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TSA Paid $1.4 Million For Randomizer App That Chooses Left Or Right (geek.com) 334

An anonymous reader writes: For those of you who have traveled through U.S. airports in recent years, you may have noticed the Transport Security Administration (TSA) use a Randomizer app to randomly search travelers in the Pre-Check lane. The app randomly chooses whether travelers go left or right in the Pre-Check lane so they can't predict which lane each person is assigned to and can't figure out how to avoid the random checks. Developer Kevin Burke submitted a Freedom of Information Act request asking for details about the app. The documents he received reveals the TSA purchased the Randomizer iPad app for $336,413.59. That's $336,413.59 for an app, which is incredibly simple to make as most programming languages of choice have a randomizing function available to use. What may be even more intriguing is that the contract for the TSA Randomizer app was won by IBM. The total amount paid for the project is actually $1.4 million, but the cost is not broken down in Burke's documents. It's possible IBM supplied all the iPads and training in addition to the app itself.
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TSA Paid $1.4 Million For Randomizer App That Chooses Left Or Right

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  • by Anonymous Coward on Monday April 04, 2016 @07:03PM (#51841647)

    TSA soon to be appearing in the Panama Papers...

    • [Tinfoil] It's not a real randomizer app, it's an advanced layered neural network program (IBM...Watson?) that automates racial profiling so that TSA workers are in the clear, they can say the machine made the decision for someone to go through heightened security, "at random." Teaching the program to pick out the right minorities took a lot of work. [/Tinfoil]

  • by Anonymous Coward on Monday April 04, 2016 @07:04PM (#51841655)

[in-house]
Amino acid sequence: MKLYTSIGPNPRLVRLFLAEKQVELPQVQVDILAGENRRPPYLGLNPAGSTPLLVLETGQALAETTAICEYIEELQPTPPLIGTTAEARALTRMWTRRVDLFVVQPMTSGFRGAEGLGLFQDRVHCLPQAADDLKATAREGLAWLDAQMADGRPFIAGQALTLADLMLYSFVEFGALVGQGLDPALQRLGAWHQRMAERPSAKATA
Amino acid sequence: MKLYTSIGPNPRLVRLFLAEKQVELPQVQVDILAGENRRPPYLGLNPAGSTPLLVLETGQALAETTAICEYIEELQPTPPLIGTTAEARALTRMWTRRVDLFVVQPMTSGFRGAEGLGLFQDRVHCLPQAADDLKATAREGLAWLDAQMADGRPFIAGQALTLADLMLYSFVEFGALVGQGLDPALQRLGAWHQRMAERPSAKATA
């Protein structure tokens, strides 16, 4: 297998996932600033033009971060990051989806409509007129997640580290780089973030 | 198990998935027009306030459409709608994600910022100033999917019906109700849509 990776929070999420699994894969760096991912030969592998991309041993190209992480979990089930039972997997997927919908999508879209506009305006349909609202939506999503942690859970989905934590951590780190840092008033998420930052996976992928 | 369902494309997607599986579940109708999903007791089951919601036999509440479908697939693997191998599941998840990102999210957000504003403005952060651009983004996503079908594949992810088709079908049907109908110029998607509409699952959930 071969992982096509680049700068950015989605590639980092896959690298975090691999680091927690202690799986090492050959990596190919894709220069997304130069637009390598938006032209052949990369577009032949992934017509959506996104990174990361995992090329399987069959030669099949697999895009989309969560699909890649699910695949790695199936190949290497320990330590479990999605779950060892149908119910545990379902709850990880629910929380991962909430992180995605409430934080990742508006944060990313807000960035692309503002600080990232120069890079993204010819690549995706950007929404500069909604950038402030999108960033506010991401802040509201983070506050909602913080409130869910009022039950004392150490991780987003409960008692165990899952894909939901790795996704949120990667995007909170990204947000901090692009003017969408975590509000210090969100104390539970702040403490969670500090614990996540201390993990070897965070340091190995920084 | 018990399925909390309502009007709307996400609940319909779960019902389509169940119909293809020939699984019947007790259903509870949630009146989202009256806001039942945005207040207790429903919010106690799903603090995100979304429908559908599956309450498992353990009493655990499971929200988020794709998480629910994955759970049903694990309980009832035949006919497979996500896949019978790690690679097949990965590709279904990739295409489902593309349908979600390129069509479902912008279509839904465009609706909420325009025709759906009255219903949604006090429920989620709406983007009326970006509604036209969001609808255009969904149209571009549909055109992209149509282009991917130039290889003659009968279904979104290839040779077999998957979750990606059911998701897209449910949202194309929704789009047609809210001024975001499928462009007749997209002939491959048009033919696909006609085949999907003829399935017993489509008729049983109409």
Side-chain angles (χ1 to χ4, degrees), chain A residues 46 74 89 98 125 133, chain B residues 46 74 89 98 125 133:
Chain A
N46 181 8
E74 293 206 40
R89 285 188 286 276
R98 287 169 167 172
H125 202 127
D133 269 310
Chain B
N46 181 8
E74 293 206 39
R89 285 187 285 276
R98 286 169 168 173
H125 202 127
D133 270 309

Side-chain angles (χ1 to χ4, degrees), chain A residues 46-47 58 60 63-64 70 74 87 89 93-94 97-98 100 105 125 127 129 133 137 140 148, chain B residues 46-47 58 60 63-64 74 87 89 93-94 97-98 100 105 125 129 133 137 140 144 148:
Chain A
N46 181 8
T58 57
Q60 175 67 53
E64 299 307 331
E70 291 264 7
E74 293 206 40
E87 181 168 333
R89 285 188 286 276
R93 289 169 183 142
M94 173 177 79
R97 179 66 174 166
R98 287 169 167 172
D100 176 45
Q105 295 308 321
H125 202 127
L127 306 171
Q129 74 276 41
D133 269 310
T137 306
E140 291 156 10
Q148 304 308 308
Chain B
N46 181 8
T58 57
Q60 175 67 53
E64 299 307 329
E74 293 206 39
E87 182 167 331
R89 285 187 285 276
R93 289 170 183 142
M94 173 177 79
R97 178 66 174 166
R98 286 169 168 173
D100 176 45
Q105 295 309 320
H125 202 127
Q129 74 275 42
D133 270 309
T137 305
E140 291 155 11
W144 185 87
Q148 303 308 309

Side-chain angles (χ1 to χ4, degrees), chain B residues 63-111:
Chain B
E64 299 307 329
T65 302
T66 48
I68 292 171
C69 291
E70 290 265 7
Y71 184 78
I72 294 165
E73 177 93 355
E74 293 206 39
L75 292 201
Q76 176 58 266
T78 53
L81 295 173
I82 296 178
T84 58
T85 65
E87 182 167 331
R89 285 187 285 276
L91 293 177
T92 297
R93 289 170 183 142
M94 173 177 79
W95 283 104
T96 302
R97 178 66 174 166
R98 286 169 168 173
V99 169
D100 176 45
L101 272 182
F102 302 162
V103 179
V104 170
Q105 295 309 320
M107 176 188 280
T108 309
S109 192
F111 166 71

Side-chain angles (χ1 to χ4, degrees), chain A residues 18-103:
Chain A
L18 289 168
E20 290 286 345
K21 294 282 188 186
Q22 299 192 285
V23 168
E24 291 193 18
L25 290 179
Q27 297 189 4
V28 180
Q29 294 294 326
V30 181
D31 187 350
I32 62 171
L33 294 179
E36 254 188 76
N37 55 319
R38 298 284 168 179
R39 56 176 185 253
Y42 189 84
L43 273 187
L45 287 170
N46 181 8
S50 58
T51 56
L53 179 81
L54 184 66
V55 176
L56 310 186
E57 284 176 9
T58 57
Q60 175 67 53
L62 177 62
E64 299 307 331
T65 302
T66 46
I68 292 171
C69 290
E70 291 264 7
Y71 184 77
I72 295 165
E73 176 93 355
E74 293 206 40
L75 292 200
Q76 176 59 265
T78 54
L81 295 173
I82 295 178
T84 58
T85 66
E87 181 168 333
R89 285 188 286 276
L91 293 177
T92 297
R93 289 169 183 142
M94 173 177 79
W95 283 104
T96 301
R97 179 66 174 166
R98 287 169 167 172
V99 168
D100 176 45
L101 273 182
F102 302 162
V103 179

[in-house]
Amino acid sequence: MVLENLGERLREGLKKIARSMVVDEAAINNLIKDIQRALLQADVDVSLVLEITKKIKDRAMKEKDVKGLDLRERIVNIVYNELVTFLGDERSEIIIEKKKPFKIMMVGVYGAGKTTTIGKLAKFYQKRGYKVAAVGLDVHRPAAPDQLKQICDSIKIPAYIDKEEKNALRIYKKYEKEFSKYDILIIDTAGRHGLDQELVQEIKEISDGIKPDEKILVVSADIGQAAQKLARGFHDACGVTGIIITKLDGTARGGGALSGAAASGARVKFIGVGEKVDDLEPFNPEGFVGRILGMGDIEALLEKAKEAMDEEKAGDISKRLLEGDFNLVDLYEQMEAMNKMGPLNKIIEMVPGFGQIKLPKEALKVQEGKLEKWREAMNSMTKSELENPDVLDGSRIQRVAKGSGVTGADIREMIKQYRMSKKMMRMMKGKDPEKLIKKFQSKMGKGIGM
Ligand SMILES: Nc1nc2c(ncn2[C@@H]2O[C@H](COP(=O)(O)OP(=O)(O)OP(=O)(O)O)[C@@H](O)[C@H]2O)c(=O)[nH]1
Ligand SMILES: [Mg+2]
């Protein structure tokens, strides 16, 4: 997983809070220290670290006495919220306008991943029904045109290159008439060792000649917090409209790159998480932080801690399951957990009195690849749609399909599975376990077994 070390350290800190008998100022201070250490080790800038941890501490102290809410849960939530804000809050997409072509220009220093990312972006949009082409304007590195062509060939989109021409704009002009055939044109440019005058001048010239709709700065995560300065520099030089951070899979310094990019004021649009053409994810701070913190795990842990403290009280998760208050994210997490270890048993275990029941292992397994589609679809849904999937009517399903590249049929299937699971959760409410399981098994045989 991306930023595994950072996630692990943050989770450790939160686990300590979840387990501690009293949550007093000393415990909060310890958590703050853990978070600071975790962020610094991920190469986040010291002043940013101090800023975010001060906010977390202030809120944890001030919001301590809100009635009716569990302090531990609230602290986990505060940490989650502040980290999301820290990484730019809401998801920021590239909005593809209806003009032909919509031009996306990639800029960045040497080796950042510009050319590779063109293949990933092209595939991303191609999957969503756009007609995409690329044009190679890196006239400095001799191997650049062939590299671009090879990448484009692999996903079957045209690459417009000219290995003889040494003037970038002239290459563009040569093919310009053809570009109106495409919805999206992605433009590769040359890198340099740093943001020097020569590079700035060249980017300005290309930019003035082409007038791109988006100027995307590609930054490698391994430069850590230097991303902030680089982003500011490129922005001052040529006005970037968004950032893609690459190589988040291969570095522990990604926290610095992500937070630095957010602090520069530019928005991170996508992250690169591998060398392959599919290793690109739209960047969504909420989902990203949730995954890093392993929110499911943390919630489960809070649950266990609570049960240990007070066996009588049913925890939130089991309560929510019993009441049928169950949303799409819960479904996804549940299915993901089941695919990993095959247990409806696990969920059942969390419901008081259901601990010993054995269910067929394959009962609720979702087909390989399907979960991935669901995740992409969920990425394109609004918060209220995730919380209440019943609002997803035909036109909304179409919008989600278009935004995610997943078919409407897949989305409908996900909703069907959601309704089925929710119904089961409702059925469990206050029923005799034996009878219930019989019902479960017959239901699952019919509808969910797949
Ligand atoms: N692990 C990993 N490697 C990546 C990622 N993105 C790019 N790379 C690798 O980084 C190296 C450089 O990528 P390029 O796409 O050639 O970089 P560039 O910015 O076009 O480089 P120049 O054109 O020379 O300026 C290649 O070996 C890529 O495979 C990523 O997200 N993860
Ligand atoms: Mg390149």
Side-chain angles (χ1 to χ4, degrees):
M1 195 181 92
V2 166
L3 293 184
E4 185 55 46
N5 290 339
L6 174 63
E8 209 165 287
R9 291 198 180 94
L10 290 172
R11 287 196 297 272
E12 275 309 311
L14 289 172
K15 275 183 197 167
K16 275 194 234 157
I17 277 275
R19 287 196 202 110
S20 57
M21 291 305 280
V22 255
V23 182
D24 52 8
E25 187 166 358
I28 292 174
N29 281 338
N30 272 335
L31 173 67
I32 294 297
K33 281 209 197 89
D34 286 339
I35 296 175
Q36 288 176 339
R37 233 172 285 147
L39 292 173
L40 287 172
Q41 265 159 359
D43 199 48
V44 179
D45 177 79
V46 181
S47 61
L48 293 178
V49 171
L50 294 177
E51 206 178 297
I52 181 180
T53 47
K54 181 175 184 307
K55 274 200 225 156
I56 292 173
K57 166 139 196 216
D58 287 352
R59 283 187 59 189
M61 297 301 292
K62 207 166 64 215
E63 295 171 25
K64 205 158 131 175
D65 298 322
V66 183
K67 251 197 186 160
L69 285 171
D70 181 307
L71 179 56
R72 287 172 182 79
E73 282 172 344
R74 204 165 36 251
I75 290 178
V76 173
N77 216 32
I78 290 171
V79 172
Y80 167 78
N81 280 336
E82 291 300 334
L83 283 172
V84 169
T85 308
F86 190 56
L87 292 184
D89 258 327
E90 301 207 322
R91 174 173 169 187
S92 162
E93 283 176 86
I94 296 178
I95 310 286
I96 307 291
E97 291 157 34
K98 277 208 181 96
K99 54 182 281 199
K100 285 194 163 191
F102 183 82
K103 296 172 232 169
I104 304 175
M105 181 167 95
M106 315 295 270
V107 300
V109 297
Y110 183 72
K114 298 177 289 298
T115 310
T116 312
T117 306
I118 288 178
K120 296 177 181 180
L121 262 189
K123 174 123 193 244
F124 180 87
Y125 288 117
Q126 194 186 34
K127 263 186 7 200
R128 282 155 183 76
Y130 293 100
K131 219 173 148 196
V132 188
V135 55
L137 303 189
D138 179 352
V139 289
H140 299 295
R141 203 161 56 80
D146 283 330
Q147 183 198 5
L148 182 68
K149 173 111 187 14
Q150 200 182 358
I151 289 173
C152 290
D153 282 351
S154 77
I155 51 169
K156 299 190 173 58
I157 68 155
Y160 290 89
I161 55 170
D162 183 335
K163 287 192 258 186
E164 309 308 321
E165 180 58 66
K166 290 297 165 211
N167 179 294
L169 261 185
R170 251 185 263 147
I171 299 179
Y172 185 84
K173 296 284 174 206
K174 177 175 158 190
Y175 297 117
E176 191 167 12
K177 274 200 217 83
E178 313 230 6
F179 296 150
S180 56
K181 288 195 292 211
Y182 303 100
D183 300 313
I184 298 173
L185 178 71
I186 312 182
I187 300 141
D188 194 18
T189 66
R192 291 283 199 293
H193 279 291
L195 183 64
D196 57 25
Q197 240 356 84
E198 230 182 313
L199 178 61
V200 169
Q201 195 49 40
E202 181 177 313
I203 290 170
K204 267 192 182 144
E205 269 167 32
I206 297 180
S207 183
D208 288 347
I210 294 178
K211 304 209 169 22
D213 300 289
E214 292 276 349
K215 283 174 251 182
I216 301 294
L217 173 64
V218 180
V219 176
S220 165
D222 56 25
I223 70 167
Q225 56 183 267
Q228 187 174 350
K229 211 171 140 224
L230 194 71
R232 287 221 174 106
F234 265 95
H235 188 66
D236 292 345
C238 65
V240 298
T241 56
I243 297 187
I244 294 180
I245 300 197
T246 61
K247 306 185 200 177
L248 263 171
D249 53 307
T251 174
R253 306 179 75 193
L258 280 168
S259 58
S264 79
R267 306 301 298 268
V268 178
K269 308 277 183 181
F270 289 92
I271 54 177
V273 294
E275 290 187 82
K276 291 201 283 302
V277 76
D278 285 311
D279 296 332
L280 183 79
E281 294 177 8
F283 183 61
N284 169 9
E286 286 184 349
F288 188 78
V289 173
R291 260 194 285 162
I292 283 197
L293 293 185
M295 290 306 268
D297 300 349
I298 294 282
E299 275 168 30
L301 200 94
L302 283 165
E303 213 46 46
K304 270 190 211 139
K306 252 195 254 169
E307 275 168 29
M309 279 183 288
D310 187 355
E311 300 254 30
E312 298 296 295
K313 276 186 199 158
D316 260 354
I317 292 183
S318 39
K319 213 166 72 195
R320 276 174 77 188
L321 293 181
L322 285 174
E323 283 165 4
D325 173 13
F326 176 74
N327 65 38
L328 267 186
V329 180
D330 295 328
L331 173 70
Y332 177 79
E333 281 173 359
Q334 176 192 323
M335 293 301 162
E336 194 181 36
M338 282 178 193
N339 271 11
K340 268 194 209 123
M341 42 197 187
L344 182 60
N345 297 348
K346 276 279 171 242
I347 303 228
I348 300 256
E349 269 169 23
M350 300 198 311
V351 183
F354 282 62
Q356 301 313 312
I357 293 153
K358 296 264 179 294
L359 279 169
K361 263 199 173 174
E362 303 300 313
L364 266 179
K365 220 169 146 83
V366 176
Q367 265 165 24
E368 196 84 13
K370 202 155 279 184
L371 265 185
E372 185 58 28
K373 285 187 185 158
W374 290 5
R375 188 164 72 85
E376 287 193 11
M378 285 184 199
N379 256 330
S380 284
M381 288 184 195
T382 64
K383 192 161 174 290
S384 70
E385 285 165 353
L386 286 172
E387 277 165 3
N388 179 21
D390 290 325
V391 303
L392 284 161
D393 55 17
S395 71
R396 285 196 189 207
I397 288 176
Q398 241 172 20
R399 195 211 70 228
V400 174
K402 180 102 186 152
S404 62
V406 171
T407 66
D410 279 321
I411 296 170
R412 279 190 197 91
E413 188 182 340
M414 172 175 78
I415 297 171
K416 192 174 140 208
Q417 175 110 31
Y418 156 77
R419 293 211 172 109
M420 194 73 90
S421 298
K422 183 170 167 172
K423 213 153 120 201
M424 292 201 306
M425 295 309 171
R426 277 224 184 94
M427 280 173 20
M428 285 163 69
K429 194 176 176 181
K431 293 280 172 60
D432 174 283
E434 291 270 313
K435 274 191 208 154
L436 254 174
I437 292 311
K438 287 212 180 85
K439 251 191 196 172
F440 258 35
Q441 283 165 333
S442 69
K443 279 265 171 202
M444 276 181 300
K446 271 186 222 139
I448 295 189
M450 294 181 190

$413 dollars in developer time to create the app and $336,000.59 in corporate overhead and bloat, the additional $1,000,000 is just for Evil

    • by jd2112 ( 1535857 )

      $413 dollars in developer time to create the app and $336,000.59 in corporate overhead and bloat, the additional $1,000,000 is just for Evil

      Much more than that. The requirements document was probably several thousand pages and required a dozen rewrites before it finally met specs.

    • by raymorris ( 2726007 ) on Monday April 04, 2016 @10:32PM (#51842627) Journal

      Seriously, 80%-85% of the bid covers dealing with the US government. Multiple thousand-documents over the course of years, flying back and forth for pointless meetings, and maybe you eventually get paid.

      Here are my rates as a developer , for similar software delivered:
      Order online, by submitting my order form: $159
      Email me and discuss: $500
      Meetings to discuss, demo (local businesses): $1,500
      Local government bureaucracy: $8,000
      Federal government: $400,000

      • The rates I mentioned above for "similar software" meant for software of the kind I write (network security), not the TSA app. For a random left/right app like the TSA wanted, prices would be a bit lower. Not much lower for the federal government though, they'll require a thousand man hours of BS for the simplest application. I used to work at a place that did federal contracts.

  • I have practical and fool-proof system that requires no electricity or internet connection to operate.

    I can sell it to you for about $5 per TSA agent. Actual cost to me is $0. Just tell me where you want me to ship this jar of pennies.

    • Just tell me where you want me to ship this jar of pennies.

      . . . but didn't IBM's precursor to their Cognitive Computer Platform named Watson beat Gary Kasparov at chess, "Deep Blue", and beat some dork at "Jeopardy", "Deep Cleavage on the assistant", and "Deep Pockets" at pitching pennies . . . ?

      So it's probably more than just a random number generator:

      "Watson, should this guy go left or right?"

      "Warning, Will Robertson . . . Danger! Danger!

  • by Etherwalk ( 681268 ) on Monday April 04, 2016 @07:05PM (#51841667)

    The question is whether it is truly random or not. If they spent $1.4M and got a truly random result, fine. It's absurdly pricey, but it works. If they spend $1.4M and got the rand() function, then terrorists might be able to exploit it to escape random searches.

    • by rwven ( 663186 ) on Monday April 04, 2016 @07:14PM (#51841721)

      That's really stretching things. If you use something as simple as microseconds on a clock as the seed for your "random" number generation, there's "pretty much" no way you can exploit that short of hacking the device itself. It's not like people are going to stand there with a stopwatch and tell the TSA guy "OK....press the button...Now!"

      • by AK Marc ( 707885 )
        And what if you don't rand() each result? You rand() the day, so each result is not random compared to the previous choice. Thus, watching long enough (or knowing the system it was built on and watching some shorter time), one could be able to predict the outcomes.